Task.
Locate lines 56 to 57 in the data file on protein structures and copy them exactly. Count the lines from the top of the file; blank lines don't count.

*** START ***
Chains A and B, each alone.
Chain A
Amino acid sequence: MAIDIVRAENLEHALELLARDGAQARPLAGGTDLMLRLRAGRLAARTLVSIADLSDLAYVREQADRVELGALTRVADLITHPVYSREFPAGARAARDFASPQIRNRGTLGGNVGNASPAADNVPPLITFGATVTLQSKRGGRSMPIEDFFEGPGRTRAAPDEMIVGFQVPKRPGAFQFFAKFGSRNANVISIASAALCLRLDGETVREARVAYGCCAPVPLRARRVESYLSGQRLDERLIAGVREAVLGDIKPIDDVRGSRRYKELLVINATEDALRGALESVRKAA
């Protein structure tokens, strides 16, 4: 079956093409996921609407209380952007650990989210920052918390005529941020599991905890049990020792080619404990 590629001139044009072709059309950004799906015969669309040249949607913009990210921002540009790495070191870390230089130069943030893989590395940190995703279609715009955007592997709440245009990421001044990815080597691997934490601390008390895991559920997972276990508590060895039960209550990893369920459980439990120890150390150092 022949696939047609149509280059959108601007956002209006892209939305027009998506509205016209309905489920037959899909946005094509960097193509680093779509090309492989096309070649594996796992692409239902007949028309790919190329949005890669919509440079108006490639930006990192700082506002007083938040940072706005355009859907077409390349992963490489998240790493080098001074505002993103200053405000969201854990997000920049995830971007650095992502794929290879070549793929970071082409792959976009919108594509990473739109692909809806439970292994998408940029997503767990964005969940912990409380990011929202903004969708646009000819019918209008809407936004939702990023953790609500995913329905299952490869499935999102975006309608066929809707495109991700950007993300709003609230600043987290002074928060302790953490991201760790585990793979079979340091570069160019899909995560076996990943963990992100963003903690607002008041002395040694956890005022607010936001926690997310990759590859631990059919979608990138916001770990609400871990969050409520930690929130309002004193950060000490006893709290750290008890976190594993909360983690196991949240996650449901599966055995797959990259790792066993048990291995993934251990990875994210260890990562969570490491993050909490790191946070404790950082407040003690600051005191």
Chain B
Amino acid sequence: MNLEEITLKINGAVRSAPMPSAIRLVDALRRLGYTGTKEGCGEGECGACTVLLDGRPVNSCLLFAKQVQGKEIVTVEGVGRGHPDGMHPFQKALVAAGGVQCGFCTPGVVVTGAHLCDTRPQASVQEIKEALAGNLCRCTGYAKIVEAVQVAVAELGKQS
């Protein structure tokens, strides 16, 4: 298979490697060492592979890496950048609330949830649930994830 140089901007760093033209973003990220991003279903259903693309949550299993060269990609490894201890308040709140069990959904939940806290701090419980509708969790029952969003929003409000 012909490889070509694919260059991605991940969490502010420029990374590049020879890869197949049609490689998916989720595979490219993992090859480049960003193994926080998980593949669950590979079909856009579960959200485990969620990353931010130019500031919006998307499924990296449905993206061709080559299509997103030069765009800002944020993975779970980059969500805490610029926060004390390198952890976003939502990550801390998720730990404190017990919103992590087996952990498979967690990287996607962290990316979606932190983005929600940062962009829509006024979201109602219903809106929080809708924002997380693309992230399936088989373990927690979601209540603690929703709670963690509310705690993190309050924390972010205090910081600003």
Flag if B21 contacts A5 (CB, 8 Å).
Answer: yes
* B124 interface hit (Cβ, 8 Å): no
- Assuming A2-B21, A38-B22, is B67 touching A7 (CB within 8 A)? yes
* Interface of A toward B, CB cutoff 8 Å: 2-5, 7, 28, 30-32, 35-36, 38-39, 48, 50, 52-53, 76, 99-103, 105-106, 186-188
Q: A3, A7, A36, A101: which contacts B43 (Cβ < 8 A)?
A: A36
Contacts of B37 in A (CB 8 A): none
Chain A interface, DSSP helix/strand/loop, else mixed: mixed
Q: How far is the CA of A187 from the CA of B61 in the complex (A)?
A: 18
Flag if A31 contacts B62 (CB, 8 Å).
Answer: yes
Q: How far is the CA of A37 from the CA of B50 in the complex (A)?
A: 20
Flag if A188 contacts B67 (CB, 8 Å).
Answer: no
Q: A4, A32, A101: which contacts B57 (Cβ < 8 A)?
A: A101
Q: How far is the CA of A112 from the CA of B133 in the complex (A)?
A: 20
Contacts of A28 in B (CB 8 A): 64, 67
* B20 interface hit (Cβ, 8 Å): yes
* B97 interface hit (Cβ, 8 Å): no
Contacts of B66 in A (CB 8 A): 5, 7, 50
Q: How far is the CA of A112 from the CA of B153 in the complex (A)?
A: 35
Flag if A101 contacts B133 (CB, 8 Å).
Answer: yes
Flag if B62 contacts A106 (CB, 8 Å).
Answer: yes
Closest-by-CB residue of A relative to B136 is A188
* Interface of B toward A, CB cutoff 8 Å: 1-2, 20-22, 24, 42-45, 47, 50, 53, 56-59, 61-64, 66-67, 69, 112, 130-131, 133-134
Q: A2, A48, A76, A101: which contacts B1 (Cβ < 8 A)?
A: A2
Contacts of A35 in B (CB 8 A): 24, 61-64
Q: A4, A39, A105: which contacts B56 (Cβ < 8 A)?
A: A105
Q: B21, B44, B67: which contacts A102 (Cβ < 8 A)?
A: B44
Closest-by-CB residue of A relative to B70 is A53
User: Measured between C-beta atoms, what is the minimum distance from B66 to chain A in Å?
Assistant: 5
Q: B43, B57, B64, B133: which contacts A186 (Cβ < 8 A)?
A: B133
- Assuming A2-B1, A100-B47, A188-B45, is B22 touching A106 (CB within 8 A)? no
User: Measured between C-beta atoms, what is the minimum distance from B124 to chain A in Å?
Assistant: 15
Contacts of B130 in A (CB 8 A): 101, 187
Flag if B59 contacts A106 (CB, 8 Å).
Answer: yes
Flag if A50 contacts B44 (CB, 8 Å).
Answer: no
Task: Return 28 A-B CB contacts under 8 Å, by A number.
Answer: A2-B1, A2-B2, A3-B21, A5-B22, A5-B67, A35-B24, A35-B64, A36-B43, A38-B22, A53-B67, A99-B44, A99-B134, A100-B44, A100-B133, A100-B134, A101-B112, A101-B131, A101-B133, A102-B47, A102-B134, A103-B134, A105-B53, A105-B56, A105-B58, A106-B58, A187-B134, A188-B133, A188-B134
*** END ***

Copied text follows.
Contacts of B130 in A (CB 8 A): 101, 187
Flag if B59 contacts A106 (CB, 8 Å).